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Panel OKs Bill on Caesarean Injuries

Health: Measure would help monitor statewide such problems as those reported at Los Angeles County public hospitals.

April 23, 1998|SHARON BERNSTEIN | TIMES STAFF WRITER

In an effort to monitor and avoid injuries to women and babies like those caused by Los Angeles County's recent efforts to cut costs by reducing Caesarean births at public hospitals, an Assembly committee has approved a bill requiring all hospitals to report maternity ward injuries and develop procedures to correct problems.

The measure, sponsored by Assemblywoman Martha Escutia (D-Huntington Park), was prompted by stories in The Times detailing 49 claims on behalf of women and children who were injured or killed when the county attempted to reduce the number of costly Caesareans at public hospitals in the late 1980s and early '90s.

If enacted, the legislation would require every county to develop a database of maternal and fetal injuries, as well as a system to ensure that conditions that can lead to malpractice--such as crowding or overreliance on interns instead of experienced physicians--are corrected.

"There ought to be a way to prevent medical malpractice suits from accumulating to 49 claims before anything is done about it," Escutia said. "Why were so many maternal and fetal deaths and injuries allowed to accumulate? Why didn't the state Department of Health Services catch the problem before it made newspaper headlines?"

At a time when Los Angeles County hospitals were at the forefront of a nationwide movement to reduce the number of Caesarean births, doctors at county facilities forced nearly all women to attempt to deliver babies vaginally--even in high risk cases.

The practice, which was eased beginning in 1995, has cost the county at least $25 million in malpractice settlements.

Earlier this month, county health officials implemented a policy forbidding vaginal deliveries for women who have had previous Caesareans--the highest risk group--unless the women give written consent to undergo labor.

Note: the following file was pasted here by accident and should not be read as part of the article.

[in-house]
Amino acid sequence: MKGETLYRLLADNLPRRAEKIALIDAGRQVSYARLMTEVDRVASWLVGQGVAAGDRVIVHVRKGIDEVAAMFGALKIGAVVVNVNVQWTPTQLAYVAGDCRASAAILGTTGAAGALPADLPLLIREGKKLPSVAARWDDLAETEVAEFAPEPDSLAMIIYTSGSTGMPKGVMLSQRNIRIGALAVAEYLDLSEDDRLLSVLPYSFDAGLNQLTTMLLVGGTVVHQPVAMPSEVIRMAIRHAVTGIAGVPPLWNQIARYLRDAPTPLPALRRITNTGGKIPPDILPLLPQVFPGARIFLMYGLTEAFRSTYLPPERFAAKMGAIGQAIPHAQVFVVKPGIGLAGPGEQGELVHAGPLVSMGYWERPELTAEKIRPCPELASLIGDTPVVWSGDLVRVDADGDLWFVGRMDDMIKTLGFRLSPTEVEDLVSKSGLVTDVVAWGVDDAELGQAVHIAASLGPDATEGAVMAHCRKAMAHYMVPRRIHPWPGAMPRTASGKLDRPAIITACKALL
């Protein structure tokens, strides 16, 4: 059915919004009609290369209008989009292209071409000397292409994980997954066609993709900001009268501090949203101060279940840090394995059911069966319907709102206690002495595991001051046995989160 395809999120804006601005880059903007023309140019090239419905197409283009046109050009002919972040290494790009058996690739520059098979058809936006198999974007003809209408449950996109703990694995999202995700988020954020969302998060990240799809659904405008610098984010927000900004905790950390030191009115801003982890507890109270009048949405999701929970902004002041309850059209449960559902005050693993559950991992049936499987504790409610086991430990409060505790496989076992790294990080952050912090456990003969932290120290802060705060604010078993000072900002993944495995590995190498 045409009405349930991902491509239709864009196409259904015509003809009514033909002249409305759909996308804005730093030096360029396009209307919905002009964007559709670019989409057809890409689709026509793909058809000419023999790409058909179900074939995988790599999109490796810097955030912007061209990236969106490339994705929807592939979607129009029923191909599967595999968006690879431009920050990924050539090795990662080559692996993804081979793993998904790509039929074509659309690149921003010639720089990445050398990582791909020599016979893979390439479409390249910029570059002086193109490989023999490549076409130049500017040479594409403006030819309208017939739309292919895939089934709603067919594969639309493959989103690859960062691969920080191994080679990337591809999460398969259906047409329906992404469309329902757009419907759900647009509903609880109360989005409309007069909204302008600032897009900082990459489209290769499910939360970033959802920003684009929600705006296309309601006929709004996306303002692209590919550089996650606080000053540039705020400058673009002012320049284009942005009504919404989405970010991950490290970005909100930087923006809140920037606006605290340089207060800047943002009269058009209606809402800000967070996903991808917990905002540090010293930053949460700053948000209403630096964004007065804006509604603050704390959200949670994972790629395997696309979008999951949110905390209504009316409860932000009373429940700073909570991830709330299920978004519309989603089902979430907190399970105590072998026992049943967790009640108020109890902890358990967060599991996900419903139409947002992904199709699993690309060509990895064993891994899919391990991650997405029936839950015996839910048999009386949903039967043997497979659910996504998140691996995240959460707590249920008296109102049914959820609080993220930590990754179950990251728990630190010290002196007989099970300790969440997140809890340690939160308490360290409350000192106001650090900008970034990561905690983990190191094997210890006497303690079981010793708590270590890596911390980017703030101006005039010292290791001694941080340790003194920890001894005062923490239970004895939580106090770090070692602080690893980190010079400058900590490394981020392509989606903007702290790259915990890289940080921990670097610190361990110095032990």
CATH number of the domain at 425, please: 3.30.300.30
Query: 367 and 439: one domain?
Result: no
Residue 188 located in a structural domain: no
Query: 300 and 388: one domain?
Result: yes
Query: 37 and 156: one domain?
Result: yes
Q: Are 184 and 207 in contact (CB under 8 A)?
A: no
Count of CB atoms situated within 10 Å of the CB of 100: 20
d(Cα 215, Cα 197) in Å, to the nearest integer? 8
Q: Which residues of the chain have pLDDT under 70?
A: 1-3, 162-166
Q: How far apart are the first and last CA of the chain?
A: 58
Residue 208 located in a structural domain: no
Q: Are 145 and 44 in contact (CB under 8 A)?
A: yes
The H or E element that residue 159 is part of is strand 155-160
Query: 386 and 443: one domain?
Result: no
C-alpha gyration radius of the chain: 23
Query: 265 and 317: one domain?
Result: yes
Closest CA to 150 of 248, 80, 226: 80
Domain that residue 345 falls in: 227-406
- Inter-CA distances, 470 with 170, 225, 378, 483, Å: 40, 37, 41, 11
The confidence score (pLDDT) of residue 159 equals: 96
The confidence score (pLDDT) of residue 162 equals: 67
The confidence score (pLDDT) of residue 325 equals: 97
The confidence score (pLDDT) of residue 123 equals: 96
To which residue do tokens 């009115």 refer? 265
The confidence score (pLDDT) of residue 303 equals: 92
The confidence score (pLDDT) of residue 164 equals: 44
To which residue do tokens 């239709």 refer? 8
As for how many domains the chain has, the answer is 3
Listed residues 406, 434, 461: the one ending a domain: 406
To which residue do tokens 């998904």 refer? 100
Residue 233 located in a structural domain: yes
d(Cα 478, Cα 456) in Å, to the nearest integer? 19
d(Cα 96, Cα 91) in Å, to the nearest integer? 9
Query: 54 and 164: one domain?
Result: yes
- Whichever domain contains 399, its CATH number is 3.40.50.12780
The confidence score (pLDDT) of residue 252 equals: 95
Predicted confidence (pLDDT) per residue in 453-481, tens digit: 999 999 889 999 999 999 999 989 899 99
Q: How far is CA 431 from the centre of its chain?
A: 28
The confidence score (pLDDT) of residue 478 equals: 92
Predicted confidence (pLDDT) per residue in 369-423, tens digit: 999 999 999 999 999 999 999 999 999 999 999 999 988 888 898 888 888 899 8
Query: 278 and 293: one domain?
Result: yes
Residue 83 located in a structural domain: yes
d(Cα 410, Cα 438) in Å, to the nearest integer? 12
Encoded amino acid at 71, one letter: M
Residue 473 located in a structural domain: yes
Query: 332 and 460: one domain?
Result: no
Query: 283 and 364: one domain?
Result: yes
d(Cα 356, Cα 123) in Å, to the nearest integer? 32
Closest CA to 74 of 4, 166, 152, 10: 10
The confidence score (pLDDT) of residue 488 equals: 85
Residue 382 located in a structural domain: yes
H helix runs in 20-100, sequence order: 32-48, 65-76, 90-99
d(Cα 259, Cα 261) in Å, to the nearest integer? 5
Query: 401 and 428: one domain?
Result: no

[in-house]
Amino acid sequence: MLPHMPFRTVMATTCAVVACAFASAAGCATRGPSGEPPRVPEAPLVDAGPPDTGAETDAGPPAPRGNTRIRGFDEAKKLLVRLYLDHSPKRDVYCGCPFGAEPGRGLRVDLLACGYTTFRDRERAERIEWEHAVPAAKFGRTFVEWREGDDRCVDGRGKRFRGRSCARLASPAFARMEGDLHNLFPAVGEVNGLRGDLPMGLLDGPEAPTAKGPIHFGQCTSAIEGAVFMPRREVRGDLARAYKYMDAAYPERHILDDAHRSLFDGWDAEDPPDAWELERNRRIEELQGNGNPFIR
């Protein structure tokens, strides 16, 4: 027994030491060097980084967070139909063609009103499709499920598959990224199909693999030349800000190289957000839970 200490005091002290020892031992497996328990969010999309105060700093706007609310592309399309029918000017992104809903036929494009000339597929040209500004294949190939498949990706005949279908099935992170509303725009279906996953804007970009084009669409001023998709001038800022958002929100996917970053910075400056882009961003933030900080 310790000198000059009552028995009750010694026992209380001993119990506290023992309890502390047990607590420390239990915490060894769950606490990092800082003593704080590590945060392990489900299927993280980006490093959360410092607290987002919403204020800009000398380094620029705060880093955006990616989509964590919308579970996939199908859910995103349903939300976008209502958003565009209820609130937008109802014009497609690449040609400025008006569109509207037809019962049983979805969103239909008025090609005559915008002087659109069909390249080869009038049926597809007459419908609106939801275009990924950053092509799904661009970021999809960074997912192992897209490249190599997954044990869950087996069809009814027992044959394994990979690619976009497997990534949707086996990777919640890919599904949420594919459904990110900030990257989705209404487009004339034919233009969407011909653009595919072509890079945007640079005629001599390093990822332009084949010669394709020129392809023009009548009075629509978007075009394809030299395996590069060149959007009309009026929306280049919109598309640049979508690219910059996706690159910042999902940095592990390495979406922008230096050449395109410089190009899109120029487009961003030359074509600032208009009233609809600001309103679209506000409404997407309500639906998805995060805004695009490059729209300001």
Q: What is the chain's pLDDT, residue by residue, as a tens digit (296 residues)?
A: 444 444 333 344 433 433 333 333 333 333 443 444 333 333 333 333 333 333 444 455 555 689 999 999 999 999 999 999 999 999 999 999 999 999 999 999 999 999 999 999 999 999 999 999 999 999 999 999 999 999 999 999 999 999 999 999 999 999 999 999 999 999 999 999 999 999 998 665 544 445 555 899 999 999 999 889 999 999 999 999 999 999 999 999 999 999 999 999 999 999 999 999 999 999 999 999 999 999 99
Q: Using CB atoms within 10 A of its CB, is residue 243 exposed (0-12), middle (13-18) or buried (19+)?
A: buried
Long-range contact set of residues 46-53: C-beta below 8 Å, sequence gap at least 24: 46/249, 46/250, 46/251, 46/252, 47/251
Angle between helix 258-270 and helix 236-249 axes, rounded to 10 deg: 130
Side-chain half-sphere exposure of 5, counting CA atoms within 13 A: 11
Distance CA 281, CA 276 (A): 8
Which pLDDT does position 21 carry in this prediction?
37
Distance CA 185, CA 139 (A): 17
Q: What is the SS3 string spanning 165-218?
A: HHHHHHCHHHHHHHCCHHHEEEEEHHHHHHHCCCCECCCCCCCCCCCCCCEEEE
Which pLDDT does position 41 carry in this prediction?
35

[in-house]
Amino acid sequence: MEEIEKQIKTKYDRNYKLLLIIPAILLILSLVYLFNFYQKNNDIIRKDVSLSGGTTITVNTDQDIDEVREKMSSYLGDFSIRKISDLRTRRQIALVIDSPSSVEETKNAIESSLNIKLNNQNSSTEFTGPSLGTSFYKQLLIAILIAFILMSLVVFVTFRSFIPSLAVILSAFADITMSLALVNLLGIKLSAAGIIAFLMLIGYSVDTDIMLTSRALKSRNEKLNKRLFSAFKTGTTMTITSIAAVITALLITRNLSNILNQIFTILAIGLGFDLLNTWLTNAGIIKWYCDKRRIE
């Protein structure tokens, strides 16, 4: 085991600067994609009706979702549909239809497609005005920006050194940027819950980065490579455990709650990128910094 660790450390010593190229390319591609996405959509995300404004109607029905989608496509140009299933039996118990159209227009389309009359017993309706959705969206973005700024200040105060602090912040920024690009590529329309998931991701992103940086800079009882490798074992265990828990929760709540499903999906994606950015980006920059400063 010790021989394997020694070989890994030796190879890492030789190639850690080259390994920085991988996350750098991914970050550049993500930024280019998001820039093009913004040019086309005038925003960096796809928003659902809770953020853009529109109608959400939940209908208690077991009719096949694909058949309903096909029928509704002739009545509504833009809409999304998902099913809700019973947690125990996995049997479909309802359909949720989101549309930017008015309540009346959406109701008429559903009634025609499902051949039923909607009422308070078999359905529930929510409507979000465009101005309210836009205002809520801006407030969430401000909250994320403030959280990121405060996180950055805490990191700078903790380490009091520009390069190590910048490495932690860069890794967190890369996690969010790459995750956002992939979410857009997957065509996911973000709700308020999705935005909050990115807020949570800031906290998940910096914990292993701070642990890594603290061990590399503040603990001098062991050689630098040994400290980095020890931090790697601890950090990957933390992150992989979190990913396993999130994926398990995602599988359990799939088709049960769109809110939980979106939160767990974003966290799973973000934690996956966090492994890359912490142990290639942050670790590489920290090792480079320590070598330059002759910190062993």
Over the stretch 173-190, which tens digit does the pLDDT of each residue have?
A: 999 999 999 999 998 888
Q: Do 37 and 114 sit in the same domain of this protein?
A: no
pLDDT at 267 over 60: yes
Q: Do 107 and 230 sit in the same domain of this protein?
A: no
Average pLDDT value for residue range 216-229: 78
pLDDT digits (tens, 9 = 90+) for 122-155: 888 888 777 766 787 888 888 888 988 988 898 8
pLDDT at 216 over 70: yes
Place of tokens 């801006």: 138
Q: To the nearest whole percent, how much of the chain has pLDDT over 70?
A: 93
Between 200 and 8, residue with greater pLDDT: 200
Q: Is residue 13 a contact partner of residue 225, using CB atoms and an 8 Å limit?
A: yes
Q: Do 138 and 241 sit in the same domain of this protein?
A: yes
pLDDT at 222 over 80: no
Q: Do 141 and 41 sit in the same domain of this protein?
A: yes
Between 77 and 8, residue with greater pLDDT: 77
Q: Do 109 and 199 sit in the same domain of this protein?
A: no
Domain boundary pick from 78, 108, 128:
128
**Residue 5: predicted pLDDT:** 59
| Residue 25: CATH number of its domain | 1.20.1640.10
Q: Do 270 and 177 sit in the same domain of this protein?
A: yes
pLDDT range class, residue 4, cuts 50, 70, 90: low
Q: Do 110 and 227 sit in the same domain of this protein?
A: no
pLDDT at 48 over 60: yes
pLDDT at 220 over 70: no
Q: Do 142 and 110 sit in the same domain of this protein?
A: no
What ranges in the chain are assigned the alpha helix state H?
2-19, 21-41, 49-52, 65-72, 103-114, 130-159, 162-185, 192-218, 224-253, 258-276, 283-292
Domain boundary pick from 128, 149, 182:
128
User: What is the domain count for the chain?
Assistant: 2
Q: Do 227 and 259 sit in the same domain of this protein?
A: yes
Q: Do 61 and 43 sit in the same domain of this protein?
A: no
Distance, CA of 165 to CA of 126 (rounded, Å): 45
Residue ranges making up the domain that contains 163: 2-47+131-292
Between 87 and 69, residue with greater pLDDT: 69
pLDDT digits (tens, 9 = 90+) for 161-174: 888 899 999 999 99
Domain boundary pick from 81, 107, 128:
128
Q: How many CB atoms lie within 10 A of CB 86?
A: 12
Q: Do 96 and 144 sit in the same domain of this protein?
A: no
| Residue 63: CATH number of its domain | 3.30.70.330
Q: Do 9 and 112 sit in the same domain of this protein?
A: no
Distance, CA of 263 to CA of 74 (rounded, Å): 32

Escutia's bill was voted out of the Assembly Health Committee Tuesday night with a sizable 13-7 majority.

Besides requiring counties to record and correct problems, the bill establishes state oversight of the database and corrective action plans.

Counties would be required to report all injuries, deaths or other problems in maternity clinics to state health officials, who would then monitor individual cases, as well as scout for trends.

"We're trying to force the [state] Department of Health Services to do something," Escutia said. If the bill passes, she said, Sacramento would be able to spot a problematic trend as it develops rather than waiting until it is too late.

"When I read the articles in The Times, I called the Department of Health Services, and they didn't even know about [the injuries and deaths]," Escutia said. "When malpractice accumulates like that, the state ought to be aware of it."

Another bill, sponsored by Assemblyman Martin Gallegos (D-Irwindale), would forbid a public agency to require doctors to undertake a particular course of treatment for any class of patients.

"It makes it illegal for a public agency to interfere in the doctor's decision-making with regard to care or treatment of a patient," said Gallegos, who chairs the Assembly Health Committee and supported Escutia's bill. "So a bureaucrat would not be able to come down and say, " 'You're not going to do any Caesarean sections.' "

Escutia's bill is supported by the American College of Obstetricians and Gynecologists, which has urged caution about efforts to reduce the number of Caesarean births.

It was opposed, however, by state health department officials, who questioned the quality of information submitted by hospitals and said it would be too expensive to set up and monitor the databank.

Escutia's plan is based on a program developed by Los Angeles County Supervisor Gloria Molina to combat malpractice at county hospitals.

Under Molina's program, hospitals must report bad outcomes to the county medical director within 24 hours, and must develop corrective action plans to improve conditions when something goes wrong.

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